The 1970s were a time of great cultural upheaval, from the Vietnam war, to the rise of disco. The decade provides fertile storytelling ground for Abbott #1, written by Saladin Ahmed. The comic features strong-willed reporter Elena Abbott investigating a case that forces her to confront her past. As a black woman in 1970s Detroit, Abbott faces a hotbed of racism and political change that tests her resolve and Ahmed makes sure she’s up for the challenge.
Before I get into the story, the setting of the comic is one of the most unique I’ve come across recently. Detroit during the 1970s was a time of great change, a kind of “black renaissance” as Ahmed writes in the back of the comic. The Black Panthers Party was gaining momentum and the city was gripped by tension. After the 1967 rebellion, black people faced hostility on a regular basis and Abbott immerses you in an environment of political paranoia. The backdrop provides Ahmed an opportunity to develop his character and showcase her strengths.
Abbott looks into a violent murder that involves a decapitated police horse. Initially, it’s believed “negro agitators” are to blame, a rumour Abbott is keen to disprove. She writes what she believes to be the truth, which puts her at odds with the mainly white readership of the Detroit Daily. As the only black woman on staff, Abbott needs to prove herself even more. The racial tension is shown in a scene where two board members are openly racist and Abbott’s boss kicks them out of his office. The social divide permeates every page and Abbott navigates Detroit with a take no prisoners attitude.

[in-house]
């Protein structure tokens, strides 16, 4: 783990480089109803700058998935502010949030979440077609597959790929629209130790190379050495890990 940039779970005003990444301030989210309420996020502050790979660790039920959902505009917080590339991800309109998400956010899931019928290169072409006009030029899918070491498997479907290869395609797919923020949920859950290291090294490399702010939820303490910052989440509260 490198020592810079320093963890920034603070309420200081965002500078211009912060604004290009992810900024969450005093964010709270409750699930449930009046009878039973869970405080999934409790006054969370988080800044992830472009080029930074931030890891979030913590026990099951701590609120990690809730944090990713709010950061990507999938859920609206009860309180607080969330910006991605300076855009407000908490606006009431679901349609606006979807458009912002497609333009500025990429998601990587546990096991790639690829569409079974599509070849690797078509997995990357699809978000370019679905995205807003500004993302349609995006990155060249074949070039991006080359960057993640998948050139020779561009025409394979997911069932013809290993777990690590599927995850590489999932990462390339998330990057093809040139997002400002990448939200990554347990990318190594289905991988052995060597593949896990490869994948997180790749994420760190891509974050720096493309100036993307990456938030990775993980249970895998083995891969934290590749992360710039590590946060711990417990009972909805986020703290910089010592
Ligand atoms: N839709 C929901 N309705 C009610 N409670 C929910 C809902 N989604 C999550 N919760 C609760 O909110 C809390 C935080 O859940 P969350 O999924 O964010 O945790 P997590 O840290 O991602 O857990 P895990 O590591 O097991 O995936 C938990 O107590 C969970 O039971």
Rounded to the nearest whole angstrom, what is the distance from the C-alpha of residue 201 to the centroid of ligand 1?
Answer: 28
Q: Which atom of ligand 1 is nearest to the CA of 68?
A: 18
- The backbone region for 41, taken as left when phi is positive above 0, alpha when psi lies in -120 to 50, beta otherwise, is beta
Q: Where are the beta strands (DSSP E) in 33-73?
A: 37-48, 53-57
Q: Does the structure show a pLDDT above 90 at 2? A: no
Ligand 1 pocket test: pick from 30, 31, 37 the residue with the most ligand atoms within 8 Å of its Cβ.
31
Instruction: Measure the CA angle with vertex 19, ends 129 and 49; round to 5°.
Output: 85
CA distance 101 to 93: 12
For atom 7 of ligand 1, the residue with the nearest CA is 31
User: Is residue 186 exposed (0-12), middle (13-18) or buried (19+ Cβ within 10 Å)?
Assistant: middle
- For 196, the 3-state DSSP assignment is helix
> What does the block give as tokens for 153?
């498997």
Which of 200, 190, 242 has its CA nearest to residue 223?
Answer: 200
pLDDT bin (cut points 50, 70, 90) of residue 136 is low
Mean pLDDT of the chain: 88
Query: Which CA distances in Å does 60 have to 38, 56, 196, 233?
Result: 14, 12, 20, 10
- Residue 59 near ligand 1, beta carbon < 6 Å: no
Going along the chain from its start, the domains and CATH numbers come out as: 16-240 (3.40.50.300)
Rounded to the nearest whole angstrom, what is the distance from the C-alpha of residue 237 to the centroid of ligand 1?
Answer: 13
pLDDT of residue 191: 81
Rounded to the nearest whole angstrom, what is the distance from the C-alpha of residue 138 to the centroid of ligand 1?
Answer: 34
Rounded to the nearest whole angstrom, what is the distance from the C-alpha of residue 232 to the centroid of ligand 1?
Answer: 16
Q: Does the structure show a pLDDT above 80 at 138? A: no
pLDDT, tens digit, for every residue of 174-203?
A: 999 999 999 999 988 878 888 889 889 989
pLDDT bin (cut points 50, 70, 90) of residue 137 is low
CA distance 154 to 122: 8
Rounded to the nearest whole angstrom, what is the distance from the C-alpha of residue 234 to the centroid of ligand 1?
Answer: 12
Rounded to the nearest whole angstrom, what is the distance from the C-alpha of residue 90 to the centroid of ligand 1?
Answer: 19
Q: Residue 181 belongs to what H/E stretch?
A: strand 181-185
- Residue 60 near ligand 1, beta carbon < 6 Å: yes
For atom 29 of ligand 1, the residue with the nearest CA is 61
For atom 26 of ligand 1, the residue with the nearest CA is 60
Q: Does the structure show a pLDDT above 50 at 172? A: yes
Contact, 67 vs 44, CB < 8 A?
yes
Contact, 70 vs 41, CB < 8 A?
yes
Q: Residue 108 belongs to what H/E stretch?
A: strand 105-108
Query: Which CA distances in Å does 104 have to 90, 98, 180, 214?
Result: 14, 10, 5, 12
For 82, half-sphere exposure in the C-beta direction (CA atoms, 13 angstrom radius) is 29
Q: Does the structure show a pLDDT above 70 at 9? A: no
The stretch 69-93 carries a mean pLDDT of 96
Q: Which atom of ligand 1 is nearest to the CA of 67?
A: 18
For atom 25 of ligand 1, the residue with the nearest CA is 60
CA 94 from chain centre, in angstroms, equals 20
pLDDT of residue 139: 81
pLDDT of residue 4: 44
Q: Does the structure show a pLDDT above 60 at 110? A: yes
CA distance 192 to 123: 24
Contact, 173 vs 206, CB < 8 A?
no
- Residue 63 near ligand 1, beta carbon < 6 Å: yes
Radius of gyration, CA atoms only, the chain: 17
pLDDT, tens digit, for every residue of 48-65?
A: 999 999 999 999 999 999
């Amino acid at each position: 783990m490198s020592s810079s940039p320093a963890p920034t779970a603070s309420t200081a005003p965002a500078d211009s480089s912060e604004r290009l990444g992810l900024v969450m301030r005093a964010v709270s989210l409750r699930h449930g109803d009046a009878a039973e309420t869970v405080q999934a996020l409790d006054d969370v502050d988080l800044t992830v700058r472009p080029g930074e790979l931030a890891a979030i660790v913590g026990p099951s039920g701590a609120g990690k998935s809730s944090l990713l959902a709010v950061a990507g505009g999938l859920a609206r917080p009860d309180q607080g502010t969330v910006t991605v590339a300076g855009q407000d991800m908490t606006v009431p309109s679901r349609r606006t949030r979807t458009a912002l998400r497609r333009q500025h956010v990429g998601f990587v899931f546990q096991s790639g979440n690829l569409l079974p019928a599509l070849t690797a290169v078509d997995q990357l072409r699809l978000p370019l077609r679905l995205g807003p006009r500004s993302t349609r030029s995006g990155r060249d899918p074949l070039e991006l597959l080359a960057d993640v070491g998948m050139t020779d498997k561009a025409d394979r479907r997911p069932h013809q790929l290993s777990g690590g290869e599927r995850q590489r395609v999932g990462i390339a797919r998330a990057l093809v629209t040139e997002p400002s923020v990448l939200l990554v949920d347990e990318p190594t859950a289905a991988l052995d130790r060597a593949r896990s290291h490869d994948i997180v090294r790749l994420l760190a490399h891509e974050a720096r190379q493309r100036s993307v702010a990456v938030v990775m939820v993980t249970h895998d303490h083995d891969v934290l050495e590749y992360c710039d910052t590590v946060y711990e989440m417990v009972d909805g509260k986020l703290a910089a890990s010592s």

The investigation becomes personal for Abbott when it reminds her of her husband’s death, hinting at a supernatural theme. The melding of crime and horror makes for an intriguing set up. But, even if the comic remained in the noir category it would still be worth reading.
As a character, Abbott is fully-fleshed out, making it feel as if she’s been around for years. Her integrity and determination is contrasted with a smoking and drinking habit. Abbott’s journalistic tenacity is reminiscent of Lois Lane and Ahmed throws in a fun reference to show the similarities between the two of them. It’s to his credit that he’s developed such a strong character within a short amount of time.
The art is handled by Sami Kivela and the colour is done by Jason Wordie. The duo have created a gorgeous comic, with a thriving, seedy cityscape. Abbott has a dynamic appearance, with her confidence portrayed through body language. In her first appearance, she swaggers onto the scene smoking a cigarette, ready to take on a disgruntled group of police officers. She’s also given softer moments, such as when she’s thinking back to her husband’s death and you can see the anguish on her face.
Abbott #1 is an impressive first issue that takes you into the heart of the Motor City at a time when America was on the brink of change. Abbott is one of the most exciting POC protagonists to be introduced in a long time and you’ll want to see where her journey leads. The series is running for five issues and it’s available in all comics book stores now.